Providers and employers agree on certain aspects of healthcare delivery and are moving toward meaningful long-term partnerships.
That's among the survey findings to be released at the HFMA session "Bridging the Buyer-Supplier Gap-Creating Value in the Healthcare Marketplace," set for 11 a.m. to 12: 30 p.m Tuesday, June 22.
Cara Jareb, a consulting actuary at Watson Wyatt Worldwide in Washington, will discuss the results of the survey, "Delivering Value in a Difficult Market," based on responses from 587 healthcare organizations. For the second consecutive year, HFMA collaborated in the survey. Jareb also will discuss results from another report titled "Creating a Line of Sight: From Benefits to Business Results." That research, conducted with the Washington Business Group on Health, surveyed 293 executives who make healthcare purchasing decisions for their companies.
Employers (buyers) and providers (suppliers) agree that the top three reasons for increased medical-care costs are an aging population, new pharmaceuticals and technological advances.
Other survey highlights include a willingness for employers and providers to partner through long-term contracts, as well as a commitment to improve performance and communication flow. The surveys show that 35% of responding employers and 27% of responding providers have entered long-term partnerships. Long-term contracts are those for more than two years. About 53% of larger employers-those with more than 10,000 employees-have formed these partnerships, whereas on the providers' side, 44% of managed-care organizations and 40% of integrated delivery systems have established these long-term partnerships.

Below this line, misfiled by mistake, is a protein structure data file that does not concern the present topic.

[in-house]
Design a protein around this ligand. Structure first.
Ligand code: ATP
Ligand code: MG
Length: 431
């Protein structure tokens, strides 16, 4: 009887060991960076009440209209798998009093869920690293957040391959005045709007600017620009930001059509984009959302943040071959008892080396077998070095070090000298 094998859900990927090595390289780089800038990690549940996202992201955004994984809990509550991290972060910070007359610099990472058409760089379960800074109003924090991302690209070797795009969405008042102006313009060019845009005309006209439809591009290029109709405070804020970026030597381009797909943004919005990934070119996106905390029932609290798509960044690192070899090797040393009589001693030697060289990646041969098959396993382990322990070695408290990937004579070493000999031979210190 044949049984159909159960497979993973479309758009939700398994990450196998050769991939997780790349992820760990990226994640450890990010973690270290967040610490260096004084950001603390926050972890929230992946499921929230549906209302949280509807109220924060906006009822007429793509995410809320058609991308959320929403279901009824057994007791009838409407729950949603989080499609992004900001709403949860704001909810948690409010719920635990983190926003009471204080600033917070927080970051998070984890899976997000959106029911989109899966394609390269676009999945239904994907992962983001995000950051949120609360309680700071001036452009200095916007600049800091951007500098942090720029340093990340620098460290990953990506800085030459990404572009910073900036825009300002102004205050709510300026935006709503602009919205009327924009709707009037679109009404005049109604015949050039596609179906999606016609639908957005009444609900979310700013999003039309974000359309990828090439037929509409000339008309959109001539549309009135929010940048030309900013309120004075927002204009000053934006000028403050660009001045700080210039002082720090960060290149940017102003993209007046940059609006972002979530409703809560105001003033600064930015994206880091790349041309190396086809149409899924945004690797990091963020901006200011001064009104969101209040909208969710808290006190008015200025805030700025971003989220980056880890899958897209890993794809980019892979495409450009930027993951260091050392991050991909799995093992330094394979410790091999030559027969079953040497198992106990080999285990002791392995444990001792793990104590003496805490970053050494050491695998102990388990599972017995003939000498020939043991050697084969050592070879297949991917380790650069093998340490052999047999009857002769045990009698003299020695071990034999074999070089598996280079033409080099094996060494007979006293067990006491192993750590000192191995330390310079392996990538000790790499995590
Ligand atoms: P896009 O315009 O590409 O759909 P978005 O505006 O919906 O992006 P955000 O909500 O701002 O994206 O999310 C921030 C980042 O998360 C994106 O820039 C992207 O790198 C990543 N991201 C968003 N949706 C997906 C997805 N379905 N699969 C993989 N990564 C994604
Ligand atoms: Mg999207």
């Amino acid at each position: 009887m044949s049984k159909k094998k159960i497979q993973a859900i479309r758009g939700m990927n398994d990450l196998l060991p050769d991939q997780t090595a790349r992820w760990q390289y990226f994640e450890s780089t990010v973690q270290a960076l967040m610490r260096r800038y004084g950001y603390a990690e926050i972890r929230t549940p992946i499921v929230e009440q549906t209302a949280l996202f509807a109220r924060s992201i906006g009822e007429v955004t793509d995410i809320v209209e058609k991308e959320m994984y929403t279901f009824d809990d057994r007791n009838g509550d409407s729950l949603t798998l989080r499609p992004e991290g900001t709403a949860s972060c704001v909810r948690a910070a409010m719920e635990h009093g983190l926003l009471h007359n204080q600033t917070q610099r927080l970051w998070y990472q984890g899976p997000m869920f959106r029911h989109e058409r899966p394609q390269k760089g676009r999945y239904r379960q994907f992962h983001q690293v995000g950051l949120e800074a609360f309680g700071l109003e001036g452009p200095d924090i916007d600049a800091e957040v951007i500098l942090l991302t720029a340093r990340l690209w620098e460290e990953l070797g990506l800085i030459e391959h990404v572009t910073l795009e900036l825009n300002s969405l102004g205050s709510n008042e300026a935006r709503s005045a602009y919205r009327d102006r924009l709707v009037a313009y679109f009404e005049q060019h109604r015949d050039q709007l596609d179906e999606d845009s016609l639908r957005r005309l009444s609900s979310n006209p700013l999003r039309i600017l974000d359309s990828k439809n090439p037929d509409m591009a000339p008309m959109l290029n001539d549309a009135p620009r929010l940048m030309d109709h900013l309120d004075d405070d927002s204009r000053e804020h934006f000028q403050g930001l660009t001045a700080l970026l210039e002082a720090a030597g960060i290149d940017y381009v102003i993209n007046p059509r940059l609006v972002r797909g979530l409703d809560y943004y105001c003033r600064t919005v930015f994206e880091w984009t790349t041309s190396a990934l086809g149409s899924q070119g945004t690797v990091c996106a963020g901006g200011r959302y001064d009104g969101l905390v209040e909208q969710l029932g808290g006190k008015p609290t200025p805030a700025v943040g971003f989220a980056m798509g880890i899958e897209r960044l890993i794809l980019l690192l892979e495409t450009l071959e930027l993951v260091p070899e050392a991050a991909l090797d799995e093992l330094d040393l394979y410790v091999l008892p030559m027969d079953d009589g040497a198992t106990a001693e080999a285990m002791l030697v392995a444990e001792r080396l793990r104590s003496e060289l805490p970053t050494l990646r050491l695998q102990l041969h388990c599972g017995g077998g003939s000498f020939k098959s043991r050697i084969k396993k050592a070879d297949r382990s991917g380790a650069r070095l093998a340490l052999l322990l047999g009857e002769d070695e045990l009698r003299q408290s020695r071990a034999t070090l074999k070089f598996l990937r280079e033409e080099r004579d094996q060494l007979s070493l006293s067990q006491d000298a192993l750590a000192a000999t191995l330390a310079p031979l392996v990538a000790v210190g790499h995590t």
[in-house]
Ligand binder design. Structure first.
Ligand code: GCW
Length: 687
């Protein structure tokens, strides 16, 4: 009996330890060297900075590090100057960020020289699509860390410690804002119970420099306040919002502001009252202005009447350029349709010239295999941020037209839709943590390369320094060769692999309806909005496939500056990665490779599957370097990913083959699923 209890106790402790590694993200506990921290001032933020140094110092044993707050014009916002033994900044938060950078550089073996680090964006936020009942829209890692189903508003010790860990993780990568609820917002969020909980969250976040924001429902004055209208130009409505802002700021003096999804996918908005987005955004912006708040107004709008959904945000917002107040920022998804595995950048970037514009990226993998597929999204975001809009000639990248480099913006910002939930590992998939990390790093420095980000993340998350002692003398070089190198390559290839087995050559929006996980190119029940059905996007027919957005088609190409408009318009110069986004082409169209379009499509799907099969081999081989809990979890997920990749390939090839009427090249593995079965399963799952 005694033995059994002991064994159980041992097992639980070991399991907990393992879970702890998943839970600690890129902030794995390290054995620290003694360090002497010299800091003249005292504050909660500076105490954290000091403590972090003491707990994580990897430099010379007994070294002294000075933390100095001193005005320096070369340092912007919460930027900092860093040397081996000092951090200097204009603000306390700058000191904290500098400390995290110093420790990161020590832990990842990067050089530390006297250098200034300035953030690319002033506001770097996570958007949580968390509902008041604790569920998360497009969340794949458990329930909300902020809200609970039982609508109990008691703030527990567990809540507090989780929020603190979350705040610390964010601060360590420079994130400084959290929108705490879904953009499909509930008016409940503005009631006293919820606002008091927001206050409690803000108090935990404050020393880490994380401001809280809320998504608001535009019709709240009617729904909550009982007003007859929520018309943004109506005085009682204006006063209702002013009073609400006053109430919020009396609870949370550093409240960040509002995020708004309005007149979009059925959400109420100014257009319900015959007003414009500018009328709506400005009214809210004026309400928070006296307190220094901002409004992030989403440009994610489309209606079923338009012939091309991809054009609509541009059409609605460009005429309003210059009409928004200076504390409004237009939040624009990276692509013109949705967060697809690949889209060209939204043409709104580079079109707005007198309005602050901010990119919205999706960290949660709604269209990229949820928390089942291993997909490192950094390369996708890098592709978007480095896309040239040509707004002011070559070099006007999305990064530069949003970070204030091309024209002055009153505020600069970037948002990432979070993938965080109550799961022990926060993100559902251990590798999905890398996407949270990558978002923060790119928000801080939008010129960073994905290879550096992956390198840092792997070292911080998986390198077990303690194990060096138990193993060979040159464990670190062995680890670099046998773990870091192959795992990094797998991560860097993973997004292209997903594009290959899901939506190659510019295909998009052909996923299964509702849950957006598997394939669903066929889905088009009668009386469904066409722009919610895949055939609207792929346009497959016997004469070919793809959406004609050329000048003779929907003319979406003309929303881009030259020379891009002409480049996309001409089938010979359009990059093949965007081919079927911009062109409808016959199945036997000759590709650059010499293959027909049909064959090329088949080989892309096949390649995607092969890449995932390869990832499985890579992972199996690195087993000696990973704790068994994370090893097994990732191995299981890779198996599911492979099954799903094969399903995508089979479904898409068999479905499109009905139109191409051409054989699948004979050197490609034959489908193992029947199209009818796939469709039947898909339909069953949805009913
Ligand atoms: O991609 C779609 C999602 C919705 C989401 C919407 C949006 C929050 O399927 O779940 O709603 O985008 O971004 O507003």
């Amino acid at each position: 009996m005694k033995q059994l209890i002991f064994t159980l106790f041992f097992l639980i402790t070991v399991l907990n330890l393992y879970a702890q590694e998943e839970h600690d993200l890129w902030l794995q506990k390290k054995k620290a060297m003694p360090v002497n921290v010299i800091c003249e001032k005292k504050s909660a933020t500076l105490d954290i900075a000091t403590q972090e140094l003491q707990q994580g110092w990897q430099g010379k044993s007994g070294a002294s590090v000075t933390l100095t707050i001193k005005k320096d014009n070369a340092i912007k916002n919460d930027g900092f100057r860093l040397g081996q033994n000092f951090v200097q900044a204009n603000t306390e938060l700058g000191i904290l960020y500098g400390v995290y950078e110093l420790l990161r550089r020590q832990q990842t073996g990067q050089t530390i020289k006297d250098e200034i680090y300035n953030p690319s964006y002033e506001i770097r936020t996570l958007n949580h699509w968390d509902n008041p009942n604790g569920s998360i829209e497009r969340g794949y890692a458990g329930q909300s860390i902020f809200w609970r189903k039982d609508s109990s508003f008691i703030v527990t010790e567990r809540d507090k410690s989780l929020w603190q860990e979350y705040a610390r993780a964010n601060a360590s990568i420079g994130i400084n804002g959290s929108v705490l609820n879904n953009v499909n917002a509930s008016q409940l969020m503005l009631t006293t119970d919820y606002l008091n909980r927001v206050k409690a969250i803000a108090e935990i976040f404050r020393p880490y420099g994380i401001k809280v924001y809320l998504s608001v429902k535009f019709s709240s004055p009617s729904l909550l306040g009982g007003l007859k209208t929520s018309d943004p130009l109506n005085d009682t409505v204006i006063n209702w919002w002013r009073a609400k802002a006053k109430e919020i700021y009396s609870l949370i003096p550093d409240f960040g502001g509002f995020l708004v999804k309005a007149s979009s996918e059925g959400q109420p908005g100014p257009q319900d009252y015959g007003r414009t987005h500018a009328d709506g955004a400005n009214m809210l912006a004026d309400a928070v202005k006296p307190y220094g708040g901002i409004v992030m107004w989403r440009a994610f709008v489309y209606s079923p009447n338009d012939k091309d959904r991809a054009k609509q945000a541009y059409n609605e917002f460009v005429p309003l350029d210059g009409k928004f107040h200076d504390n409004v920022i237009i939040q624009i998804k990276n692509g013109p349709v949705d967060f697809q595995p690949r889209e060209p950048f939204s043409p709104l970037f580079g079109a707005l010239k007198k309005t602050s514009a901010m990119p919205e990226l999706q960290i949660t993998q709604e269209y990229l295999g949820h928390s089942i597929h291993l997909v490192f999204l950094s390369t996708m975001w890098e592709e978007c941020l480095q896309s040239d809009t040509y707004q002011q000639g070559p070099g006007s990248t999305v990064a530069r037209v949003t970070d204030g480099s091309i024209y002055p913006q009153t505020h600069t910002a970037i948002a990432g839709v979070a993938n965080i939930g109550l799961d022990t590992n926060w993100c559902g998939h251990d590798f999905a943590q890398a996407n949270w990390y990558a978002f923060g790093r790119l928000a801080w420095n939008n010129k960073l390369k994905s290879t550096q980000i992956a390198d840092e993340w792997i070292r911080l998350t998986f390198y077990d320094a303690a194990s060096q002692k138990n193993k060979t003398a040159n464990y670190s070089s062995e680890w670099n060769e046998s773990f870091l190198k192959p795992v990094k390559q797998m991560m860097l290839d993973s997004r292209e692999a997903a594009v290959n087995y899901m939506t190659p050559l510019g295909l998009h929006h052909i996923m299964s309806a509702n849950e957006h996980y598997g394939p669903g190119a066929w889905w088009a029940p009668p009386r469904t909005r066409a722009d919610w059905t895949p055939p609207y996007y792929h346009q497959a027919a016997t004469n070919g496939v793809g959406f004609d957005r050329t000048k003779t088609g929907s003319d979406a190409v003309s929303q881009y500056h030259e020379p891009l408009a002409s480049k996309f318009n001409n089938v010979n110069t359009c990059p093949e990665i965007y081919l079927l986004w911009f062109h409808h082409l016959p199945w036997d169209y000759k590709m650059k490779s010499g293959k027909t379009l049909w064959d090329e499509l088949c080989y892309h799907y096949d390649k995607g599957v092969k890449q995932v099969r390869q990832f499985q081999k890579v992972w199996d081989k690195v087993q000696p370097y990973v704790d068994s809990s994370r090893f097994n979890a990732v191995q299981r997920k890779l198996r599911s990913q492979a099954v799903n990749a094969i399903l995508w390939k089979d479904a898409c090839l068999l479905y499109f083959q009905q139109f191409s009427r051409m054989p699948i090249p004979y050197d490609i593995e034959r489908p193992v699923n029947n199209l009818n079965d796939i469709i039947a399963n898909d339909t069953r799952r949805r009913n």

Many of these partnerships focus on wellness and productivity initiatives in the work force, meaning the employers and providers are striving to decrease time lost by employees because of sickness, Jareb says.
Despite the gain in long-term contracts, 54% of providers and 56% of employers say they have buyer-supplier relationships, rather than true partnerships. Only 4% of providers and 18% of employers consider their relationships true partnerships. In many other cases, both sides refer to adversarial relationships, or an "uneasy truce."
In general, the surveys show that when employers are deciding on health plans, they first focus on cost (89%), then employee access (85%), utilization (70%) and covered services (68%). Quality-improvement initiatives rank much lower on the list-only 34% of respondents, or ninth on the list of priorities-which may affect the way providers do business.
"As far as strategies (for providers) go, we found that, in general, offering a broad range of services and higher levels of patient service is effective," Jareb says. "Healthcare systems must go beyond episodic and acute care to consider the whole picture relating to overall health and productivity of the work force. That requires competence in technology and clinical management."